The Political Push and Pull of Animal Cruelty Laws: A Case Study from Canada
The creation, promotion, and push for new or improved animal cruelty laws is a complicated political process. In many countries there are industry lobbyists, animal advocacy groups, political parties, and individual politicians all vying for their own agendas. Sometimes it is only when catalyzing events occur to push issues into mainstream consciousness that legislative change is triggered. This article, published in Society & Animals, looks at this process, focusing on Canada.
Canada has had its own series of gruesome incidences of animal abuse over recent years, such as the so-called “Toronto cat skinning case,” a man in New Brunswick who beat his dogs to death with a hammer, and a person who dragged a border collie behind a car in Alberta. These cases, while horrific and garnering much media attention, did not translate into meaningful change for animals in terms of legislation. Indeed, as researchers note, “animals in Canada are arguably less safe than in Ukraine or the Philippines, both of which have stronger legislation in place to protect animals.” While some changes were made to the Criminal Code in 2008 to increase potential punishment for abusers, the amendments have failed to protect animals in a variety of ways and loopholes in the law abound. The vague definition of “animal” and application only to those animals “kept for a lawful purpose,” means that wild animals and strays are not protected. In addition, animal fighting is virtually not covered at all, with breeding, training, and profiting from animal fighting still legal across the country.
In a review of parliamentary debates from 1999-2015, the researchers of this study examined how resistance to amendments that would improve laws for animals were “articulated and rationalized,” and also studied the grounds that “proponents used to argue in favor of amending the anti-cruelty provisions.” In their analysis, the majority of the bills put forward were designed to amend the Criminal Code by consolidating animal cruelty offences into one section and introducing new offences for brutally or viciously killing an animal or abandoning it. One exception was “Bill S-203,” an “industry-backed” bill that only addressed maximum penalties, and did not try to amend the list of offences created in 1892. The bill would have allowed wild animals and strays “to be killed for any reason, or even for no reason.”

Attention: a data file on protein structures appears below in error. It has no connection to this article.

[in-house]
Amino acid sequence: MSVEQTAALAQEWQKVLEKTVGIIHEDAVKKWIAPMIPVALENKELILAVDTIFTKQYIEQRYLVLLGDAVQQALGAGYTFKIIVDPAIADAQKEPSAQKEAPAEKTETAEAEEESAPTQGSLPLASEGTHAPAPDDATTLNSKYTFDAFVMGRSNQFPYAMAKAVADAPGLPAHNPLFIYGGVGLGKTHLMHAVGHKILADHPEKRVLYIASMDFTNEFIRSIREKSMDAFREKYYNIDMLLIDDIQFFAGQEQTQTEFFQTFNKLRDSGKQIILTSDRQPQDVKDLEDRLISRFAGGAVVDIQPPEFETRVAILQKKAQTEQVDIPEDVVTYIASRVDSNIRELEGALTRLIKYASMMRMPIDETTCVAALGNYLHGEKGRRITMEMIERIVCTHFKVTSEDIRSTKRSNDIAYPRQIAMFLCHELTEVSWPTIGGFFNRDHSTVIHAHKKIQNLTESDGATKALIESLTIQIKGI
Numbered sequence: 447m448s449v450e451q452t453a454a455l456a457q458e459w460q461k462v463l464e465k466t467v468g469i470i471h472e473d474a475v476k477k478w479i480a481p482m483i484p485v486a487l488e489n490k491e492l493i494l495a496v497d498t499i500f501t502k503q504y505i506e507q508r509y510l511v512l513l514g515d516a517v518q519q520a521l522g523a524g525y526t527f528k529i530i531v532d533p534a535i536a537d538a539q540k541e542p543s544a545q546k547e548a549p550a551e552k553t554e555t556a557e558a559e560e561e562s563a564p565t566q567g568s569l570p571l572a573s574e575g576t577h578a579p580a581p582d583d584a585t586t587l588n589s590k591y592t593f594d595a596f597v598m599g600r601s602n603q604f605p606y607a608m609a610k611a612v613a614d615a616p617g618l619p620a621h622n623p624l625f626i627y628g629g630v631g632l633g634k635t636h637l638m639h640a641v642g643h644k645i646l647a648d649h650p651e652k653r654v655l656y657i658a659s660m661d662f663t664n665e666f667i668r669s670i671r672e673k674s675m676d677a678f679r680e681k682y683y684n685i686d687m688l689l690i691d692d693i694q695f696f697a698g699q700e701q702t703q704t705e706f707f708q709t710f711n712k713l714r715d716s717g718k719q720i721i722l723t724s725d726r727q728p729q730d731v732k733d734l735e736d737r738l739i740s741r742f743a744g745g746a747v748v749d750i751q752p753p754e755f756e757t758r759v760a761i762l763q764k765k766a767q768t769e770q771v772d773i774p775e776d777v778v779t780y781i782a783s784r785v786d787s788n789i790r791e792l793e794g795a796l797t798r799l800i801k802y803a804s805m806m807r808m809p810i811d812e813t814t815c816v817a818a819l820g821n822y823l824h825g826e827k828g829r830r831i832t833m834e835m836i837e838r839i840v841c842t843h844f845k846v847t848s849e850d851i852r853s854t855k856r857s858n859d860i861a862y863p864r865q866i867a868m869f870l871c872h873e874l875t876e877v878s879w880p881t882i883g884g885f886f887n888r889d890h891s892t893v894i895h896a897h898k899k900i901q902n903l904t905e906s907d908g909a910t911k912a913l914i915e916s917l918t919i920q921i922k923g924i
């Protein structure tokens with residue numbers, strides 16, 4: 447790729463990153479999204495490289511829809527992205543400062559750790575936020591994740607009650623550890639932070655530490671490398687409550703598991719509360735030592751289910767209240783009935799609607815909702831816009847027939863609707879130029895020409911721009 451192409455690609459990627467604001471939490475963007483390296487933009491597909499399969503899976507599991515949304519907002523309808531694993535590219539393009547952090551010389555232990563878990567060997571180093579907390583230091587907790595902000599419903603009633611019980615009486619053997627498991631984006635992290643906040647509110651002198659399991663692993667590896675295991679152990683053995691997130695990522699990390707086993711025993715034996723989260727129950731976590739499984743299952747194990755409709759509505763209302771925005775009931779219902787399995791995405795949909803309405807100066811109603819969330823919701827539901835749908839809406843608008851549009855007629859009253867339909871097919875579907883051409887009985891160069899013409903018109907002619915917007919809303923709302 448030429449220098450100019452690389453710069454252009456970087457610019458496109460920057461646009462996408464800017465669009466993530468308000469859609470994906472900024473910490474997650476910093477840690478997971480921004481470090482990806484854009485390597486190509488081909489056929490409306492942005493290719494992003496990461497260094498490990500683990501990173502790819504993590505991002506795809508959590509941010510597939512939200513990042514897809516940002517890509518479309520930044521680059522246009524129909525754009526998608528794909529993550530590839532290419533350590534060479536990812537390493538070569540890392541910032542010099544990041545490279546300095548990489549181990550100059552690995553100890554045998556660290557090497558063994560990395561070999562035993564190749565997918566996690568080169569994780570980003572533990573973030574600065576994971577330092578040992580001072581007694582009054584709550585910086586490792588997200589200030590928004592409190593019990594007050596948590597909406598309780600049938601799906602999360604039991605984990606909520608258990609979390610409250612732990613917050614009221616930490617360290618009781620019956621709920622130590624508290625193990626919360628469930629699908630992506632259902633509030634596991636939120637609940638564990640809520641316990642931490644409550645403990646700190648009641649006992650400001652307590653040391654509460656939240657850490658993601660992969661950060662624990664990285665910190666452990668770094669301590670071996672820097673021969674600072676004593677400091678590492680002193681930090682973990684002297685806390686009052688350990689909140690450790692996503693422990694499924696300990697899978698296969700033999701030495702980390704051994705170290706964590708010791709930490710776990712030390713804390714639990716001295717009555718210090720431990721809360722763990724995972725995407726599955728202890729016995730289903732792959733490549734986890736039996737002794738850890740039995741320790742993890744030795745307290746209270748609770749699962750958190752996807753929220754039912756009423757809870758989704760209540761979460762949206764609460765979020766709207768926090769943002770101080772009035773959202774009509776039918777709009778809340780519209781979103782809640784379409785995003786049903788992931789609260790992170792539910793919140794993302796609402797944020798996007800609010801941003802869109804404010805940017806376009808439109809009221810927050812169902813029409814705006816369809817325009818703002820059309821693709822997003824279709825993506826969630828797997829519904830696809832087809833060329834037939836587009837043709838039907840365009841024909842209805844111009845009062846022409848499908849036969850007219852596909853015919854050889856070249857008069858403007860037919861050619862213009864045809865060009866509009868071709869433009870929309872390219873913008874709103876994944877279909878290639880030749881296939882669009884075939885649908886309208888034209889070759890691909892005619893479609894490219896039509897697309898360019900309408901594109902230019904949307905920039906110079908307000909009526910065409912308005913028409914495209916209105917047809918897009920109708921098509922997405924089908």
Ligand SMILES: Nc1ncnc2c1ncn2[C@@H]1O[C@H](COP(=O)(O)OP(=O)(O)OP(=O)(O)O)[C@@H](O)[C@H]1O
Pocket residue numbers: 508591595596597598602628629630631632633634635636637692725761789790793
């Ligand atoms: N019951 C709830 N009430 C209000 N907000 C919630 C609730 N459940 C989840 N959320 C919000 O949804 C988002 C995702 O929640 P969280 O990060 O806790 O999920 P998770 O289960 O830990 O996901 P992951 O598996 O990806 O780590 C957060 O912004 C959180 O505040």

The analysis of the legislative process generally divides the debates into camps of “proponents” and “opponents.” The researchers found that, interestingly, there was a great degree of political polarization in the debates, with senators either being for or against proposed bills, with very little fence-sitting. This changed somewhat with Bill S-203. As industry argued that removing animals from being viewed as “property” may end up with the “humanization of animals,” there was recognition from all political sides that animals “should indeed be treated differently from other physical property,” but that the law would not result in giving human rights to animals.
This review of legislative debate found that Canada has continually dragged its feet on bringing animal cruelty laws into the 21st century. In 1998, the Canadian government began a process to review animal legislation because it had not been significantly updated since 1892. While many proposed amendments had failed (“from 1999 to 2007, every bill died”), this industry-backed bill passed. This was largely due to the fact that this bill provided an appearance of change while actually changing little on the ground. To this day, the Canadian legal system “continues to struggle in terms of how animals should be conceptualized in the law (i.e., as property or as sentient beings),” and there is great polarization based on the political positioning of the day.
For advocates, this study helps us to better understand animal law in Canada, and also recognize the limitations of legal processes to make positive change for animals more broadly. Getting laws passed requires vast political support, and without massive culture-shifting cruelty cases that may trigger fundamental legislative change, the process is likely to be incremental and slow. In other countries laws may be updated faster and politicians might be more receptive to favorable laws for animals. Still, whatever the situation, it is vital for advocates to understand the cultural contexts and political processes that promote (or hold back) progression with animal cruelty laws.